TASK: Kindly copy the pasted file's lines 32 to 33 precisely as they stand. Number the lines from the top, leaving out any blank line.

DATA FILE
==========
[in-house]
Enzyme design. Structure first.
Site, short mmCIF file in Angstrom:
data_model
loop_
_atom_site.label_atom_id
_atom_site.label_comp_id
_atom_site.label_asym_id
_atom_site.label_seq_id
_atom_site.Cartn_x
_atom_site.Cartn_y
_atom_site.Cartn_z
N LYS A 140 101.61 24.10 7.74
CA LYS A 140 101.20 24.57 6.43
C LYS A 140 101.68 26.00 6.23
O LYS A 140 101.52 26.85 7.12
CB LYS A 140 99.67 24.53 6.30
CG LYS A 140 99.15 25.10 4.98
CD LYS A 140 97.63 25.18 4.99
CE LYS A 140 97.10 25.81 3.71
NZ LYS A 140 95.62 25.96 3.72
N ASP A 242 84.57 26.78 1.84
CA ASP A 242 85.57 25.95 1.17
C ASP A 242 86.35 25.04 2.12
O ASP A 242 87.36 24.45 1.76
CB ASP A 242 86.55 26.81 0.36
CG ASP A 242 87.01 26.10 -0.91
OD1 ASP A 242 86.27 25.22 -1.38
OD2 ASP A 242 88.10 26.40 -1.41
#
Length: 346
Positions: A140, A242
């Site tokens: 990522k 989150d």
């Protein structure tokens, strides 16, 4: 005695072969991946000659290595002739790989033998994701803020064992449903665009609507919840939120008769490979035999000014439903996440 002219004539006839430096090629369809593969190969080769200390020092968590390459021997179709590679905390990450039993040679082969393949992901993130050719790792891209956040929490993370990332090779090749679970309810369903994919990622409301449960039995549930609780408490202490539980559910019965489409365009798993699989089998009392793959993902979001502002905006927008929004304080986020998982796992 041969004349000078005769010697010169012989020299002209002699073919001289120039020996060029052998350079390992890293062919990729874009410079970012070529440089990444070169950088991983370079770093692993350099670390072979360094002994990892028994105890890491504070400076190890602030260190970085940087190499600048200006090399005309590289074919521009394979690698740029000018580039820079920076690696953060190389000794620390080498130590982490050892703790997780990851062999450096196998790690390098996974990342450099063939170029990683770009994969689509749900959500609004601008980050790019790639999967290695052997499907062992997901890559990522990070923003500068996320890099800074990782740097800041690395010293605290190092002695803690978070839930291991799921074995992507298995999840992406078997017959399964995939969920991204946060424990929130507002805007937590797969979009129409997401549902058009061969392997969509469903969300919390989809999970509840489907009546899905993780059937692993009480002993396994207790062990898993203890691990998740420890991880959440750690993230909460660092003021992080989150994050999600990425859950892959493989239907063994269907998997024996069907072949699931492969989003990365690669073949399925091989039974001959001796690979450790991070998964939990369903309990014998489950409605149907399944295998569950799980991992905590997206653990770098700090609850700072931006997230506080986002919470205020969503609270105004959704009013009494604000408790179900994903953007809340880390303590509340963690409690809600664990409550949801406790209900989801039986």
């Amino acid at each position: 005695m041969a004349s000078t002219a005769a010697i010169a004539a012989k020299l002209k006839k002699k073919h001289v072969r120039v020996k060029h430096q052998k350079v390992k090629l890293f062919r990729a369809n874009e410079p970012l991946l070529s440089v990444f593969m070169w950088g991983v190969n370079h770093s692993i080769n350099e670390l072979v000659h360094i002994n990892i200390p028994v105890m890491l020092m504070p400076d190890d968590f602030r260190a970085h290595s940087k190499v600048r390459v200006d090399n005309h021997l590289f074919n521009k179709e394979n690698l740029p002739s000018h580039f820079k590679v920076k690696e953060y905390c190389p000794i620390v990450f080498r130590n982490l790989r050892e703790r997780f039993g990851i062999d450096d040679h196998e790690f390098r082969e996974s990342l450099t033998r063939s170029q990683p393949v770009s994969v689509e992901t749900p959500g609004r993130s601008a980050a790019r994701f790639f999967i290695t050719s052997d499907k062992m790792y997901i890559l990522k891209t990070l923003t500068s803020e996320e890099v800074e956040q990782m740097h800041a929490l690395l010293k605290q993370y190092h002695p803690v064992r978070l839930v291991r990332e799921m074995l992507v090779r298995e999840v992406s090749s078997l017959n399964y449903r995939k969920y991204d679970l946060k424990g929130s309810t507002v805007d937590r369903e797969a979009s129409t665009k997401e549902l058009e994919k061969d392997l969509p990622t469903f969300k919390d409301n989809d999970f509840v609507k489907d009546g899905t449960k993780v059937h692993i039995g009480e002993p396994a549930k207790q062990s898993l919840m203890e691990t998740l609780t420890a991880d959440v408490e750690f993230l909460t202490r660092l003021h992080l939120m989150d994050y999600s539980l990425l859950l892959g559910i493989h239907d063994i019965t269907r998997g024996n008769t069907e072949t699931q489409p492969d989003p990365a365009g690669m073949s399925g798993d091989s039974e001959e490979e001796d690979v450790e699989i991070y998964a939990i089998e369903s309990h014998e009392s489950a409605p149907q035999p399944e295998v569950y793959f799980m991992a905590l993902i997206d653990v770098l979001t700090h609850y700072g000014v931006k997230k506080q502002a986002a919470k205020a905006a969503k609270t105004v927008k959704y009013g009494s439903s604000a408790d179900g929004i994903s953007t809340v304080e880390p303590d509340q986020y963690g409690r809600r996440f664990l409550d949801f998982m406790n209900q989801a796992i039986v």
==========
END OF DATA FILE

Positions: A140, A242
């Site tokens: 990522k 989150d």